13 Investigates: No incentive, no clear electric savings, ERCOT can't define voluntary compliance

HOUSTON, Texas (KTRK) -- After days of begging Texans to conserve, the lights are still on but ERCOT still can't say if Texans' voluntary conservation efforts are helping. Since Monday, ERCOT, which manages the state's isolated electric grid, has sent out appeals asking Texans to do things like turning up air conditioners to 78 degrees or running washer-dryers and pool pumps at night.

It's not been met with universal willingness. Walking home Wednesday afternoon, Gia Jackson told 13 Investigates she hasn't done it.

"I haven't felt it like this in forever," Jackson said.

The first thing she planned to do when she hit the door was make it colder inside, "72," she said.

"Very few people actually make those changes in reality" and it's not a surprise to experts like Rice University's Dr. Daniel Cohan.

"Usually what we see when we look at the data is that the actual response is that usage goes down about one or 2% when those announcements come out," he said.

The best an ERCOT spokesperson could tell 13 Investigates was that they know it helps, but at this point "we don't know how much."

University of Texas engineering professor Dr. Michael Webber points out hairdryers and air conditioners are big draws and when multiplied across thousands or millions of Texas homes it can be a measurable difference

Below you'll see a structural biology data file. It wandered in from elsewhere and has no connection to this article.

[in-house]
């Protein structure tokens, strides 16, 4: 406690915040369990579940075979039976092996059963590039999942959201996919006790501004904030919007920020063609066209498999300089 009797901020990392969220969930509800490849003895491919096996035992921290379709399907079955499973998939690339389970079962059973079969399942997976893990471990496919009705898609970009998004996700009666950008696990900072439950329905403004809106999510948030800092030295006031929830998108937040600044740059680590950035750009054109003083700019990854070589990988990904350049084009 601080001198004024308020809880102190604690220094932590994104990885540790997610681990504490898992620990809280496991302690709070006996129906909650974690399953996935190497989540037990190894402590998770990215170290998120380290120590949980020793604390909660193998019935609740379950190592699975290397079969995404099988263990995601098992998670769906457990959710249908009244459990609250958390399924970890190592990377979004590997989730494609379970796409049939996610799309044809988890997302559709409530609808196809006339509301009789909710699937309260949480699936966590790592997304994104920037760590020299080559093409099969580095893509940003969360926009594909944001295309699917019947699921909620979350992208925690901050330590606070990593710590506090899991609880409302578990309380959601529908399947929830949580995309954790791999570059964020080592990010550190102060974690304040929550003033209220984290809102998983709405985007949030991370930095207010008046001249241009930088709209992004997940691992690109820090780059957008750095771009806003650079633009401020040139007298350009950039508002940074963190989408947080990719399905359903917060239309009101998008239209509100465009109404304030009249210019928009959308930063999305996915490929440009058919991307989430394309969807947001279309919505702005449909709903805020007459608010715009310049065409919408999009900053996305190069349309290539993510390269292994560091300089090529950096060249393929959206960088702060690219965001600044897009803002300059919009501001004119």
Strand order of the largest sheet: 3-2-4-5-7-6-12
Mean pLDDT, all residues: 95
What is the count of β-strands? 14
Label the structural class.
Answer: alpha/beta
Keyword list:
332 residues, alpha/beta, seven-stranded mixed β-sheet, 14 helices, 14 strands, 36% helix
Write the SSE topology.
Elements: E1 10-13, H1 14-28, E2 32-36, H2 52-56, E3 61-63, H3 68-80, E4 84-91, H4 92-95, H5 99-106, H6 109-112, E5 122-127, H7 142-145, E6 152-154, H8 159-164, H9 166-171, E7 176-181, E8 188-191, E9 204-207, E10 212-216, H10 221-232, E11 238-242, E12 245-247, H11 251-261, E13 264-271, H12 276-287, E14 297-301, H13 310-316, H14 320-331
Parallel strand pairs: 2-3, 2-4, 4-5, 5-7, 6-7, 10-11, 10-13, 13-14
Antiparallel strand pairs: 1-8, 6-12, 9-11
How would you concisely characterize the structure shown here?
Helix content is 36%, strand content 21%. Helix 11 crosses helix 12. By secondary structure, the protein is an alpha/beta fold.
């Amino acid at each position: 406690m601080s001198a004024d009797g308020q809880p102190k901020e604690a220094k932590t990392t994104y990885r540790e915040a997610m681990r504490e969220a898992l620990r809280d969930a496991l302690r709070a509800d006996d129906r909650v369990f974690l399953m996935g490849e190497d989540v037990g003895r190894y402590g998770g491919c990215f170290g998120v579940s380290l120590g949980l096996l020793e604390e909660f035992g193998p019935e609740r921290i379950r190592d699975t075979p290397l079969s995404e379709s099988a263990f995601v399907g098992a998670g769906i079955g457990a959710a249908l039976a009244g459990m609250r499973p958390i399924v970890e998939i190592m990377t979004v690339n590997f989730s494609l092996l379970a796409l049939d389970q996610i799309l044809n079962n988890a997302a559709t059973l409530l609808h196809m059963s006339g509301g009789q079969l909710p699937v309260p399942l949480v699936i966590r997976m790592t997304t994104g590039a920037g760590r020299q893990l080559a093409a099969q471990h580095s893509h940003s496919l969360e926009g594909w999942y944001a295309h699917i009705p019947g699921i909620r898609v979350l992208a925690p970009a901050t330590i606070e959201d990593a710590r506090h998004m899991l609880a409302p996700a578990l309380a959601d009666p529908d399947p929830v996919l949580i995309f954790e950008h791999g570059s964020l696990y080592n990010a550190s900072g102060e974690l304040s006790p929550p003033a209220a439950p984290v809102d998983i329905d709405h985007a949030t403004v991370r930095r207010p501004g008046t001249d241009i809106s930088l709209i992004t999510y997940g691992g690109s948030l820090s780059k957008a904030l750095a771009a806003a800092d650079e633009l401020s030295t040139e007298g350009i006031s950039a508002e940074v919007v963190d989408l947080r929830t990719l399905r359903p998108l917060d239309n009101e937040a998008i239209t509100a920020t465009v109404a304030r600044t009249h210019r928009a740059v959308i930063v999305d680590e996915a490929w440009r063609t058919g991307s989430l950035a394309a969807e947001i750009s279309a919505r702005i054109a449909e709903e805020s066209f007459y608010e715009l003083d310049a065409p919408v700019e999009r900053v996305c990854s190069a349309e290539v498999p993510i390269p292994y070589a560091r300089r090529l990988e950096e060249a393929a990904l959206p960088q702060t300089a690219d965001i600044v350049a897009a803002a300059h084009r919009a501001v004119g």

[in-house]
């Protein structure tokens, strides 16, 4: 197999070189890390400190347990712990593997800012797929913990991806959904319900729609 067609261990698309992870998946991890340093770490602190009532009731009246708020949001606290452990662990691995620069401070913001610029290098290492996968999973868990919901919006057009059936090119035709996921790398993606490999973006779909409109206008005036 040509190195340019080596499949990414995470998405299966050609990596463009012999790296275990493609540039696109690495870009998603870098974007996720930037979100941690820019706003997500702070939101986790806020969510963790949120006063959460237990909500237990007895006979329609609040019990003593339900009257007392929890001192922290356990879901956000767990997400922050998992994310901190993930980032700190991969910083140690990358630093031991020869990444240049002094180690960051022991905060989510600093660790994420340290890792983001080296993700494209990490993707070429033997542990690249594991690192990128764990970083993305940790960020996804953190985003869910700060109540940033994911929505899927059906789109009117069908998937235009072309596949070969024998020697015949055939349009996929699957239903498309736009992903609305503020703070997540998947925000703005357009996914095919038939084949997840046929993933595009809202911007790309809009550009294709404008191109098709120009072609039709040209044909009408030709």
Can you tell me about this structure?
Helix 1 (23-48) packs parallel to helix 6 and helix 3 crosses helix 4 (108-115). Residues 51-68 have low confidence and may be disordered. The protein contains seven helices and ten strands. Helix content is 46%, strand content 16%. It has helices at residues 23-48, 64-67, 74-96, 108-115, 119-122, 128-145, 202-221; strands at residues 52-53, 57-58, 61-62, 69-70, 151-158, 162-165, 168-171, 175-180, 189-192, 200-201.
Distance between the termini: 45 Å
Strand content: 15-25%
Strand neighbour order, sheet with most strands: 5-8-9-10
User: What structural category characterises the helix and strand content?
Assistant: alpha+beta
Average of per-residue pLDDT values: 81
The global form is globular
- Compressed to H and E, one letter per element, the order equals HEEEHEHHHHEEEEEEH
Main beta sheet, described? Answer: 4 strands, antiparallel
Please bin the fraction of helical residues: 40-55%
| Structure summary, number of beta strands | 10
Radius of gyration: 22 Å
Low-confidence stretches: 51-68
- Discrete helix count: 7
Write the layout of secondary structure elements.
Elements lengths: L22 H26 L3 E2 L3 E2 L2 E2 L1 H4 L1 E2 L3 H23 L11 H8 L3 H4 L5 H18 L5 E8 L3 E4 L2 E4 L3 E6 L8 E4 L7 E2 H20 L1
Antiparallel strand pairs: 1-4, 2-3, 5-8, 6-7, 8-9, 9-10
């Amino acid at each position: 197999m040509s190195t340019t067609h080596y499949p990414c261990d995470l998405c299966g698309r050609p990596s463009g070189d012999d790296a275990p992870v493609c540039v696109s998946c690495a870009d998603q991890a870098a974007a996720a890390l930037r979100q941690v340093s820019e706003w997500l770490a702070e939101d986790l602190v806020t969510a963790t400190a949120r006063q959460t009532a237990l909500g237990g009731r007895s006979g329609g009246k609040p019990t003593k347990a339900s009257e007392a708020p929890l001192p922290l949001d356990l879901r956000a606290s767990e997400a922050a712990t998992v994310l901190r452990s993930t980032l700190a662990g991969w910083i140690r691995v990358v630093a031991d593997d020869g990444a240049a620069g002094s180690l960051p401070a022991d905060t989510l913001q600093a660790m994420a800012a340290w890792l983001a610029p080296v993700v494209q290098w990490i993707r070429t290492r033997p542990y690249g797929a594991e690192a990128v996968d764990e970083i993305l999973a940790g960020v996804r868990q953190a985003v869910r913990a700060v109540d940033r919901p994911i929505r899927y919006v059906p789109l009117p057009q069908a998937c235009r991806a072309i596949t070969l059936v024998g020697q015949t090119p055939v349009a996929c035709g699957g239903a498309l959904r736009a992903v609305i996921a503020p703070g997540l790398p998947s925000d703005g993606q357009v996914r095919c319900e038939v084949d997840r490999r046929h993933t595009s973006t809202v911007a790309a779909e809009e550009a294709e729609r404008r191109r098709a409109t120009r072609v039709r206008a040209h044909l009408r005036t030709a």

"One side of me is like, okay, we should be good citizens and we should do our part as neighbors," Webber told 13 Investigates. "But then there's another side of me that thinks we should be paid to turn off the way the big industrial customers are."

Webber is talking about programs for bigger electric customers. Historically, the bigger power usage drop in moments like this is from bigger customers - industrial and commercial users. When they're asked to turn down power use, those customers who've agreed to do so beforehand are paid big bucks to do it.

"It's real money," Webber said.

There are some programs like Reliant Energy's Degrees of Difference program for residential consumers. It is most popular for customers with thermostats that can be controlled remotely like a NEST. Reliant says tens of thousands of customers are signed up, but it pays just $25 dollars once at sign up and that could be long ago.

Webber signed up for a similar one in Austin and got $50 bucks ... six years ago.

"At some point it'd be nice to be paid again. And not just that one time fee up front, but in a recurrent basis. And the retail utilities don't generally offer that for the customers," Webber said.

Research shows incentives do create more savings as do automated programs. "If you really want to get a bigger change, it needs to be automated. You can't count on people going over to the thermostat," Rice's Cohan told us.

But cutting power usage may not be the biggest problem. Webber and Cohan both point out Texas should have plenty of electricity. More power plants - both gas and renewable - have been built in Texas recently than in any other state. The problem, and the mystery, this week is why so many broke all of a sudden. ERCOT is still trying to figure it out. The one thing we know is that it's just not the customer's fault.

"Why is it all being sent on, on the consumers?" Cohan asked. "Eventually there is going to be fatigue."

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